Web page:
The nobility of this world, those men of whom the Holy Spirit somewhere says, "Men of high degree are a lie," have by this consideration been accustomed to enhance the dignity of their descent. Titles and dignities, say they, may be purchased with money, obtained by favour, or acquired by distinguished actions; but real nobility cannot be bought, it is transmitted by an illustrious succession of ancestors, which monarchs are unable to confer. Christian! obscure mortal! offscouring of the world! dust and ashes of the earth, whose father was an Amorite, and whose mother was a Hittite, the source of true nobility is opened to thee; it is thy exclusive prerogative, (and may the thought animate, with holy ambition, every one in this assembly!) it is thy exclusive prerogative to be admitted into the family of the blessed God. Take his moral perfections for thy model; and thou shalt have his glory for thy reward. To thee Jesus Christ will extend
his hand; to thee he will say, here is my brother, and mother, and sister.
The Holy Spirit presents a double object in the words of my text.
I. The family of Jesus Christ according to the flesh.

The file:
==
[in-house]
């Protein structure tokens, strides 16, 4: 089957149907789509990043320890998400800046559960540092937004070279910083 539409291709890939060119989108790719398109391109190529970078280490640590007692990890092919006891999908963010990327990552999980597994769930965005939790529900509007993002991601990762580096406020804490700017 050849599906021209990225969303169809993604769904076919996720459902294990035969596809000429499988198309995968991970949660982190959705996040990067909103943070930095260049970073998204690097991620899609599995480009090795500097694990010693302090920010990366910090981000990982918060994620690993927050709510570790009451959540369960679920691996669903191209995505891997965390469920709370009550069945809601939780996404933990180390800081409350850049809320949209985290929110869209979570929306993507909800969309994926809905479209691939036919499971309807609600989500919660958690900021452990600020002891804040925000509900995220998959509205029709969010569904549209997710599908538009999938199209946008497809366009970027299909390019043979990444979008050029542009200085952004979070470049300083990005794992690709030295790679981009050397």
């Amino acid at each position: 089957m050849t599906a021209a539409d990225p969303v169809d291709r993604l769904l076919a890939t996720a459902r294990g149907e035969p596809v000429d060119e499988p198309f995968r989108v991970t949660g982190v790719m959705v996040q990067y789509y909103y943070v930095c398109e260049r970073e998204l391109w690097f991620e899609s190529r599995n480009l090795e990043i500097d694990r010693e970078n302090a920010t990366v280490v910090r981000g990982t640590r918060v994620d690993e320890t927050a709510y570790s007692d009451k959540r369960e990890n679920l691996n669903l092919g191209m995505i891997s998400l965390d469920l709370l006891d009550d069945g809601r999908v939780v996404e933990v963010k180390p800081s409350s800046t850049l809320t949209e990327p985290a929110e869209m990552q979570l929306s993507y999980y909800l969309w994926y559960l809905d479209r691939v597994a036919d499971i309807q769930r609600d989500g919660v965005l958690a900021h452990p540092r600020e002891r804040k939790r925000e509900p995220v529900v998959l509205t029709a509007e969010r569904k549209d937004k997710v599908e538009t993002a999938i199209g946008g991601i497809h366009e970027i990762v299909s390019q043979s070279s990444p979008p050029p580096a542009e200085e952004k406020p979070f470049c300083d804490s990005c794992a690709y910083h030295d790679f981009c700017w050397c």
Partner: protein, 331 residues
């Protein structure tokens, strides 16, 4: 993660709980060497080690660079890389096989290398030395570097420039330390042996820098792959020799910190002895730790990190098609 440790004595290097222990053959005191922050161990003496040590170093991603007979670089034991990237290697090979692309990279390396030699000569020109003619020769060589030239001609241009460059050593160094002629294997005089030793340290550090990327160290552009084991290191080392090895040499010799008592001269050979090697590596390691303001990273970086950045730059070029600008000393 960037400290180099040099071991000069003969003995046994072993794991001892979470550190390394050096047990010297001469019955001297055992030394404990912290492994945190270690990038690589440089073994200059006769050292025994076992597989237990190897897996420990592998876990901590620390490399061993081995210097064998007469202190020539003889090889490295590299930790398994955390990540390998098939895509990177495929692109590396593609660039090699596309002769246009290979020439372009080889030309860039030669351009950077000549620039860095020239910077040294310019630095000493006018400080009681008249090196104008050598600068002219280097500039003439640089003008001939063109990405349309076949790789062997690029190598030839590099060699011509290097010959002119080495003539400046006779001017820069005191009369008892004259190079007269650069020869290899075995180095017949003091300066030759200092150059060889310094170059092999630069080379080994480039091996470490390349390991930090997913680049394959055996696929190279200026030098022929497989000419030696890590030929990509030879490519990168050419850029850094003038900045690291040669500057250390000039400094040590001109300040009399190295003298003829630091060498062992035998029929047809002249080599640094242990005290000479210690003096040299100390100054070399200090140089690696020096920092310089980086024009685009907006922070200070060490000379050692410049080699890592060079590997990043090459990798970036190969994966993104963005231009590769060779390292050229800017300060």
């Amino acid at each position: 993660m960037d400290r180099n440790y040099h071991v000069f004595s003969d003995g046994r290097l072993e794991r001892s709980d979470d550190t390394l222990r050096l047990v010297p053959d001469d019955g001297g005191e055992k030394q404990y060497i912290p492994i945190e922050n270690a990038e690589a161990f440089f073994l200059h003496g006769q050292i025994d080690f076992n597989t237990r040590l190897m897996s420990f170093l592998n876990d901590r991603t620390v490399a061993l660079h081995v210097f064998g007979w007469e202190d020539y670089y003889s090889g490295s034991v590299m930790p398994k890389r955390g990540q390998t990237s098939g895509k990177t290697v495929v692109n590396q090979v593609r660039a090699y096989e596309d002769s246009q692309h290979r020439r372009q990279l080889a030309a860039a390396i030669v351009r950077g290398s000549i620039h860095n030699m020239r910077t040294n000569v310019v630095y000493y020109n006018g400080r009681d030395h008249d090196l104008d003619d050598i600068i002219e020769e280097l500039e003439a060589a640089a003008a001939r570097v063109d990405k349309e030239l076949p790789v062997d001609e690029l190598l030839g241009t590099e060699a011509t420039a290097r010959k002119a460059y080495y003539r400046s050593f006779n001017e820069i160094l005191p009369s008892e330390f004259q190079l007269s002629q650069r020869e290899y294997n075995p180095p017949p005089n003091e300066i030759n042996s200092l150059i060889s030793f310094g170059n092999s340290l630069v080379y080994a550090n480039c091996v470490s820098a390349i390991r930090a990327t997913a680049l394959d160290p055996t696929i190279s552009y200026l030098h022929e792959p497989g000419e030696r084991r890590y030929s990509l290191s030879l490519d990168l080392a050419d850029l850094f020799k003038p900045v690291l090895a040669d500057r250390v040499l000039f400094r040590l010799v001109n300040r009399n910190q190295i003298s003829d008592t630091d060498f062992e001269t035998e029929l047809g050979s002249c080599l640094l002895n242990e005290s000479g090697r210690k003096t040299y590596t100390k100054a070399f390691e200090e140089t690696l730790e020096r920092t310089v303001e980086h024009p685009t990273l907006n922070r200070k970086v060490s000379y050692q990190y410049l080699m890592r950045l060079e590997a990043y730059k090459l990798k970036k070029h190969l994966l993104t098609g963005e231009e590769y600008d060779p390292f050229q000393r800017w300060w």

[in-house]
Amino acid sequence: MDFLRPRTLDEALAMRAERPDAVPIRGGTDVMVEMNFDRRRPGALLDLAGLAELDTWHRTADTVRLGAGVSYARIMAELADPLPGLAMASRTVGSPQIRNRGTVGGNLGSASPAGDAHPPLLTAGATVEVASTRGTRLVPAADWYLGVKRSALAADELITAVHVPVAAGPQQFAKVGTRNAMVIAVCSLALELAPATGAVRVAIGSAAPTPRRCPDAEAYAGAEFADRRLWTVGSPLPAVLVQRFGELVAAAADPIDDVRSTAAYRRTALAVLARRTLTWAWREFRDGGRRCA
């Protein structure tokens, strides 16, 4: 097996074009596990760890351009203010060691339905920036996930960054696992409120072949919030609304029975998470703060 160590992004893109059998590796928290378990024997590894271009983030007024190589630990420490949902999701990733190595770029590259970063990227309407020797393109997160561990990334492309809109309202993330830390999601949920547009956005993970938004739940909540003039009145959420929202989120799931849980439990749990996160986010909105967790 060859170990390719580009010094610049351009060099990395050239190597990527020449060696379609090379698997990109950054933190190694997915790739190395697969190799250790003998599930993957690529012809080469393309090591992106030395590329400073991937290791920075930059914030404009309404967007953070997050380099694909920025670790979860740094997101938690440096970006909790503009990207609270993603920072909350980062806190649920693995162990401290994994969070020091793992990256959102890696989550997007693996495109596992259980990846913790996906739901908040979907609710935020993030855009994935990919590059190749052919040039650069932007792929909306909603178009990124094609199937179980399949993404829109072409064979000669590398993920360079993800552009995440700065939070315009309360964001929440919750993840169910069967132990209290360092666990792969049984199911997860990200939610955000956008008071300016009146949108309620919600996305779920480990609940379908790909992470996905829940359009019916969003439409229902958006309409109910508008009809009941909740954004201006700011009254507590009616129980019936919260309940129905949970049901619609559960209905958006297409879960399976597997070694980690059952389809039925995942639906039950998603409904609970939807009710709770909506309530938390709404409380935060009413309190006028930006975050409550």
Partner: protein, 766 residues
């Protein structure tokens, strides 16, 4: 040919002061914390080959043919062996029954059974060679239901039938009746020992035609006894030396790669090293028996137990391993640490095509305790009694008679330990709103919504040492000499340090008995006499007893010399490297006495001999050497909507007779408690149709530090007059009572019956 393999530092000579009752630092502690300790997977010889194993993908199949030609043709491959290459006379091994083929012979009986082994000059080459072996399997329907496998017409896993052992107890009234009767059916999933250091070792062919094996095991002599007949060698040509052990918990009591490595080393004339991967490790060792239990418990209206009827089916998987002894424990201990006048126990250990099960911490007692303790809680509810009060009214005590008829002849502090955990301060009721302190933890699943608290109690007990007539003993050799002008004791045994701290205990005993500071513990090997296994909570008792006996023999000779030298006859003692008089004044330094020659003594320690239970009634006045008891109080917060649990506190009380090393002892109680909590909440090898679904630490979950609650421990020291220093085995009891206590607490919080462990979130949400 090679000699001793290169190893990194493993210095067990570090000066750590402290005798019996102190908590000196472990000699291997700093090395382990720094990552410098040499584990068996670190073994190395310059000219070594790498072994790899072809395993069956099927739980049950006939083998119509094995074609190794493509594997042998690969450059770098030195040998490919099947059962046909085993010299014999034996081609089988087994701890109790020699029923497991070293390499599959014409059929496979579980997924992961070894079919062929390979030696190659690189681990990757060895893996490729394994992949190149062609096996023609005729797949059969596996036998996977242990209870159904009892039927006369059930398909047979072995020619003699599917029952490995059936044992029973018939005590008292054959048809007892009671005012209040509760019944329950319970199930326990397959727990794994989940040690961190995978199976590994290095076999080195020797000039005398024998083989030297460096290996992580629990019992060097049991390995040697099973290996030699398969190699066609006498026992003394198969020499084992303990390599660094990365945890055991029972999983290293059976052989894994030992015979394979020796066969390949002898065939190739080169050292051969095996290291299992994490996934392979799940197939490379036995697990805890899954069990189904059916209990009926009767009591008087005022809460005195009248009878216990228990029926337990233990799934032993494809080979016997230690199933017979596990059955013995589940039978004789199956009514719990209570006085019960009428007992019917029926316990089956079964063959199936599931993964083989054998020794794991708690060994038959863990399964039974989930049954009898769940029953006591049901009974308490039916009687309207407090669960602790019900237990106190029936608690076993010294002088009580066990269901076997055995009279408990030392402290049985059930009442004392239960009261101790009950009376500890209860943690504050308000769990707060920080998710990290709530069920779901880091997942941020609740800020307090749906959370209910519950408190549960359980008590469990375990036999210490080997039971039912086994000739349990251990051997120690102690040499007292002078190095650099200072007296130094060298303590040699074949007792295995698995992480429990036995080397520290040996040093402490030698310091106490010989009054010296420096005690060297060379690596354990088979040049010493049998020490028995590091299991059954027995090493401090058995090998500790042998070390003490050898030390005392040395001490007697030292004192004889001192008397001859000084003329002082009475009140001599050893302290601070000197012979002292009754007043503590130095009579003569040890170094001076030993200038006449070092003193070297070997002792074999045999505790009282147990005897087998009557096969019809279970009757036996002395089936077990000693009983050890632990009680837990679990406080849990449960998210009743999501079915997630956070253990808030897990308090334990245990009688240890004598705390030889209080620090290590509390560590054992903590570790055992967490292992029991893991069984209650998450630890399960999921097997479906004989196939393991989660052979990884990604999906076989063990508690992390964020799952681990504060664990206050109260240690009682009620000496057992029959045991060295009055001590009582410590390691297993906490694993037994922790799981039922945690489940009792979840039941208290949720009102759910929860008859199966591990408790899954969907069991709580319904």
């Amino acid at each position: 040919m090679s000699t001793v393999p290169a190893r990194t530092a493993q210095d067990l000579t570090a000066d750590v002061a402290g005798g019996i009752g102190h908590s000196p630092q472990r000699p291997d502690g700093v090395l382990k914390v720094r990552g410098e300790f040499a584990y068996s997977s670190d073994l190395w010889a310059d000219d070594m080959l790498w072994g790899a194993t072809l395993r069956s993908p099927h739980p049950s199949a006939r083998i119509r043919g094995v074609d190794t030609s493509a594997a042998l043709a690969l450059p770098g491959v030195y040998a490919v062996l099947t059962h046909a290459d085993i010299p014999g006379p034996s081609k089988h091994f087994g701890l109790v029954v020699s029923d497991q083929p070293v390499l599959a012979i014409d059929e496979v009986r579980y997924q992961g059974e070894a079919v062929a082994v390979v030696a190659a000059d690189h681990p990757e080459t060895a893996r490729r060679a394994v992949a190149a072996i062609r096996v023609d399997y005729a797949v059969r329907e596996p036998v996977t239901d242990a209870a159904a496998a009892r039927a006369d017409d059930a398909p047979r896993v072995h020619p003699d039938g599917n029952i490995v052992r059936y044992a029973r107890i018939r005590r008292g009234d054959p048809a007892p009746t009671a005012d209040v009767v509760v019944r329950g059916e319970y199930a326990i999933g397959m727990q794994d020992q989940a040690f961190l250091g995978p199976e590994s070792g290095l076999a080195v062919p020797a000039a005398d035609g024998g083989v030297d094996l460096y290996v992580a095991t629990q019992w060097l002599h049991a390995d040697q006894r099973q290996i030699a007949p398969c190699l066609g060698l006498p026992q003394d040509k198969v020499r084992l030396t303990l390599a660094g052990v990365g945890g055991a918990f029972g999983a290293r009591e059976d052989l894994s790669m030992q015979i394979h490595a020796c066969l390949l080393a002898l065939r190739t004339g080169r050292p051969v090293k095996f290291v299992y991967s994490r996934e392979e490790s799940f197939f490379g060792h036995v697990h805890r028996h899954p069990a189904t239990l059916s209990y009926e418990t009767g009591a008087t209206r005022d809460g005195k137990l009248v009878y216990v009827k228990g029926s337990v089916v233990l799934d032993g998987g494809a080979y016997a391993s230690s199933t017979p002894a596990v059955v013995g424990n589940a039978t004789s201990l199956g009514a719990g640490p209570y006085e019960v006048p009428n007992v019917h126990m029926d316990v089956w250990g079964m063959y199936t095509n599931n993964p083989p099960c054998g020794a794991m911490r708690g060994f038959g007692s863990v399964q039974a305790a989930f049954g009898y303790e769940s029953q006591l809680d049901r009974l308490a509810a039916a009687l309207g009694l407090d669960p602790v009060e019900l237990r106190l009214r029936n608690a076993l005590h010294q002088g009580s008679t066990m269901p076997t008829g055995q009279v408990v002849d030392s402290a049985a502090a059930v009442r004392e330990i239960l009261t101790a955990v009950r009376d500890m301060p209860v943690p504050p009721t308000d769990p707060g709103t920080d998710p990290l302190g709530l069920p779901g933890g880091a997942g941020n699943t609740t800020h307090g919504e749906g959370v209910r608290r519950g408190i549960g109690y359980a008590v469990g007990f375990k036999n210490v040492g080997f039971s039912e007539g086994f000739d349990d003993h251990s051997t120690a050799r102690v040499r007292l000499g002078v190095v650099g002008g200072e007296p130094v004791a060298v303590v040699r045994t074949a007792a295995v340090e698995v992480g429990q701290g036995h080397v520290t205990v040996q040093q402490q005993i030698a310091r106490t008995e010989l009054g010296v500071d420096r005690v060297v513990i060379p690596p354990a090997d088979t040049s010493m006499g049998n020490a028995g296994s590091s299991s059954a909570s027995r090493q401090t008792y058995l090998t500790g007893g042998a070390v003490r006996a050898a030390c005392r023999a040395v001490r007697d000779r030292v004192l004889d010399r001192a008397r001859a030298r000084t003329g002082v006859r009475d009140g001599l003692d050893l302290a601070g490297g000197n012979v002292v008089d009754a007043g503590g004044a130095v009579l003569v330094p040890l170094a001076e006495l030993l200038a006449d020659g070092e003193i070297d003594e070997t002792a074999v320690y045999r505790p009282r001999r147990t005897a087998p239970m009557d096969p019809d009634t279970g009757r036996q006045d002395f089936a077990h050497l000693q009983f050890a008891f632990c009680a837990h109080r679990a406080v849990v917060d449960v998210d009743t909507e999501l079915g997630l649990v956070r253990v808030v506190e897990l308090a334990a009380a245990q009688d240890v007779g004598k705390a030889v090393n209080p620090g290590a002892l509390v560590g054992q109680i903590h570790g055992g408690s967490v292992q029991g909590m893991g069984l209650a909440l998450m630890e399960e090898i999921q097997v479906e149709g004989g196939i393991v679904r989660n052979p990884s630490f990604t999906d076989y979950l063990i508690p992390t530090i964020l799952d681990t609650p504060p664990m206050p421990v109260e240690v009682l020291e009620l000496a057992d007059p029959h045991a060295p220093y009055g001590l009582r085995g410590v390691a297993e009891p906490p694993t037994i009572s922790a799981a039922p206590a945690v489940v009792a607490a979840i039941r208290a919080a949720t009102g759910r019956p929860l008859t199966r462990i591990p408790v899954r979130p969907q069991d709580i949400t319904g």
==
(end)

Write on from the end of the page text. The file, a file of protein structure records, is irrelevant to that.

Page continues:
II. The family of Jesus Christ according to the Spirit. "One said, thy mother, and thy brethren, desire to speak with thee." Here is the family of Jesus Christ according to the flesh. "Who is my mother? and who are my brethren? Whosoever shall do the will of my Father which is in heaven, the same is my brother, and sister, and mother." Here is the family of Jesus Christ according to the Spirit. Both these objects must be kept in view.
I. The idea which our Divine Master has given us of this first family, will supersede our minuter efforts to trace its origin. It is obvious from what he has said, that our chief attention should be to develop the character of those who belong to his family, according to the Spirit, rather than to trace those who be long to him according to the flesh. Whatever, therefore, concerns this Divine Saviour, claims, though not equal, at least some degree of attention. For we find in our researches concerning the family of Jesus Christ, according to the flesh, proofs of his being the true Messiah, and consequently information which contributes to the confirmation of our faith.